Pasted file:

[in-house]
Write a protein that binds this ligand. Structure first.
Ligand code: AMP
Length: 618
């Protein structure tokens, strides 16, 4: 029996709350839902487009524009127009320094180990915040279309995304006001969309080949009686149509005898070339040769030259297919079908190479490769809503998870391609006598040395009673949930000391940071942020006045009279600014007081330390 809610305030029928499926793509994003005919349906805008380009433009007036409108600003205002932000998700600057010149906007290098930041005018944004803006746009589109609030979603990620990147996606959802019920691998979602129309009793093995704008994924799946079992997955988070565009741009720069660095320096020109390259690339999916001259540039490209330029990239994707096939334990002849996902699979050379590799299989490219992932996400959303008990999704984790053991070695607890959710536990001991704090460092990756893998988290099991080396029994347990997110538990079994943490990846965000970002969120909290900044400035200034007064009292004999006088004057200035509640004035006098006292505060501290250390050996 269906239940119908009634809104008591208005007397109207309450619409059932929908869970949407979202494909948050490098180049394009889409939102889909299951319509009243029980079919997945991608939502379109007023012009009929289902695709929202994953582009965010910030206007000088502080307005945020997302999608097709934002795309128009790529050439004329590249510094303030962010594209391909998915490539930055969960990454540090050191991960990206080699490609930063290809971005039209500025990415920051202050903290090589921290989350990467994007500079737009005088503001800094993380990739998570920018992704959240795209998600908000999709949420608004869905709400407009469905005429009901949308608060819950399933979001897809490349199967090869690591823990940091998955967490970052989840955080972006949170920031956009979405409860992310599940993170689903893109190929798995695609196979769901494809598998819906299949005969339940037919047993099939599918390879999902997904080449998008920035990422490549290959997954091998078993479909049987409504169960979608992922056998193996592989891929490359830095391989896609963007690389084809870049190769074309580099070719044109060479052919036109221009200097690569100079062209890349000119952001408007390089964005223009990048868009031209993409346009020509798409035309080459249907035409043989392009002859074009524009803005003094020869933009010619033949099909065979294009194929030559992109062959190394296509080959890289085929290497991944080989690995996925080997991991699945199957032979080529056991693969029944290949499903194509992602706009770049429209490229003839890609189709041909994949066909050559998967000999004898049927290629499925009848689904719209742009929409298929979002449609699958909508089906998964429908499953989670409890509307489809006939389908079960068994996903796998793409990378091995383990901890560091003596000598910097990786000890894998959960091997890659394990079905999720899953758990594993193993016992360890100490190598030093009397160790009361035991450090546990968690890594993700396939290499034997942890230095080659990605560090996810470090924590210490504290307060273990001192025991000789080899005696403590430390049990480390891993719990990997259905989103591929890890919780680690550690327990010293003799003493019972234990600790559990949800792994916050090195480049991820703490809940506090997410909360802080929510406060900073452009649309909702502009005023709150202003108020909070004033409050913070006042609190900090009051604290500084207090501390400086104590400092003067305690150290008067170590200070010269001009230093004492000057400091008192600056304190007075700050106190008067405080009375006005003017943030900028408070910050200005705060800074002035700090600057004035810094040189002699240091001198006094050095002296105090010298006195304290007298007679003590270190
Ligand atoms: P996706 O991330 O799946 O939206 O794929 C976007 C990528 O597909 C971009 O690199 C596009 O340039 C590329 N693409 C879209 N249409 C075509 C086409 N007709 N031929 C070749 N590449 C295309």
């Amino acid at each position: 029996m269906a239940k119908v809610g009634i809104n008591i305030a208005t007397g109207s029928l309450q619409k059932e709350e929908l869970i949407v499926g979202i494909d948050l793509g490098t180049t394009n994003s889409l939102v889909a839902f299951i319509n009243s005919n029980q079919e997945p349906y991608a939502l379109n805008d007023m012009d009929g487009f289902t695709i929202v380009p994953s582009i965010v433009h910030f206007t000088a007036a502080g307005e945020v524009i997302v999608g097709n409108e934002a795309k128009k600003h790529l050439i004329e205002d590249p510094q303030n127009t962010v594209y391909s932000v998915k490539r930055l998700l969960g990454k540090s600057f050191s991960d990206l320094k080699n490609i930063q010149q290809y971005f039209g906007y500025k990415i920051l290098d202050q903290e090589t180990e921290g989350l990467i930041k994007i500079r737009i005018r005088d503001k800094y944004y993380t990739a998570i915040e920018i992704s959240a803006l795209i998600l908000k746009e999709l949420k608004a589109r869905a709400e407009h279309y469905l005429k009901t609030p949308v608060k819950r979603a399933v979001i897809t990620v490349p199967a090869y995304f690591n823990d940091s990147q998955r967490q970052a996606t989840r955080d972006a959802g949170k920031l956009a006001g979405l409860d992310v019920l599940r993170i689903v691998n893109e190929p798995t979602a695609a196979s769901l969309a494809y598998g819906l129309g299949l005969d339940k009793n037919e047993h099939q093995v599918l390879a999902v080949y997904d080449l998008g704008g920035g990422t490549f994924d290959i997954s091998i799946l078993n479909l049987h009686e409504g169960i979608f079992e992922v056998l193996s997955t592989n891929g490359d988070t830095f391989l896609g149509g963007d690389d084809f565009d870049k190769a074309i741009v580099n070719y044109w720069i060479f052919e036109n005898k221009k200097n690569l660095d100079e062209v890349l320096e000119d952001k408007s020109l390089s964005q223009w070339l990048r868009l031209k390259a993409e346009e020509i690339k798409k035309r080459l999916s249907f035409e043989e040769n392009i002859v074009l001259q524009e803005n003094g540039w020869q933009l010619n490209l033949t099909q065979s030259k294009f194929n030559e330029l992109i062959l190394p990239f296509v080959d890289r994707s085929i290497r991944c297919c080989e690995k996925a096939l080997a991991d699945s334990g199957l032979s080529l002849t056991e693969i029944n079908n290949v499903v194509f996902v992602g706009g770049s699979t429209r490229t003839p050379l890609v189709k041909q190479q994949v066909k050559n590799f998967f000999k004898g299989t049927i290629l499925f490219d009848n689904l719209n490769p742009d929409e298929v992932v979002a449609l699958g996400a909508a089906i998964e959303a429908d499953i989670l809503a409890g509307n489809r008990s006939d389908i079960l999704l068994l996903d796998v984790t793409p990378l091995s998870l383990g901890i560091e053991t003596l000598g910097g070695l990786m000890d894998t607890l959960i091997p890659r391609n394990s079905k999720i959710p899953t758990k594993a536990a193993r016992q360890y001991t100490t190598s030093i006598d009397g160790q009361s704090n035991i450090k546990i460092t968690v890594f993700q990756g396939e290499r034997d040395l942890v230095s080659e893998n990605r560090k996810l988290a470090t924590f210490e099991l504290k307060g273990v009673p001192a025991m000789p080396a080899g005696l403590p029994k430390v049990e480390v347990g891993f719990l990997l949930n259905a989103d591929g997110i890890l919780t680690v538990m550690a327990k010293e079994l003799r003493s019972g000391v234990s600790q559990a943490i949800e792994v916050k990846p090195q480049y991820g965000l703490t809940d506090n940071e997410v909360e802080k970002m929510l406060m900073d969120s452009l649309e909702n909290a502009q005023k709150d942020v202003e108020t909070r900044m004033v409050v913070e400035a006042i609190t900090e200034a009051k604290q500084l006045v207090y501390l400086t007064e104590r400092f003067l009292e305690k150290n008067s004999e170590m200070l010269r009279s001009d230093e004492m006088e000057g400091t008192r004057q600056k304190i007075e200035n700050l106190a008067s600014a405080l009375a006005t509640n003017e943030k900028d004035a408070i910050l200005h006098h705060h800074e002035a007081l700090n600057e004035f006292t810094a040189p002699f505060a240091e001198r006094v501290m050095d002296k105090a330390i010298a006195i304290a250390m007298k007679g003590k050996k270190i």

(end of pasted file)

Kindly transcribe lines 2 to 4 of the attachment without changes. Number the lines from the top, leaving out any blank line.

Write a protein that binds this ligand. Structure first.
Ligand code: AMP
Length: 618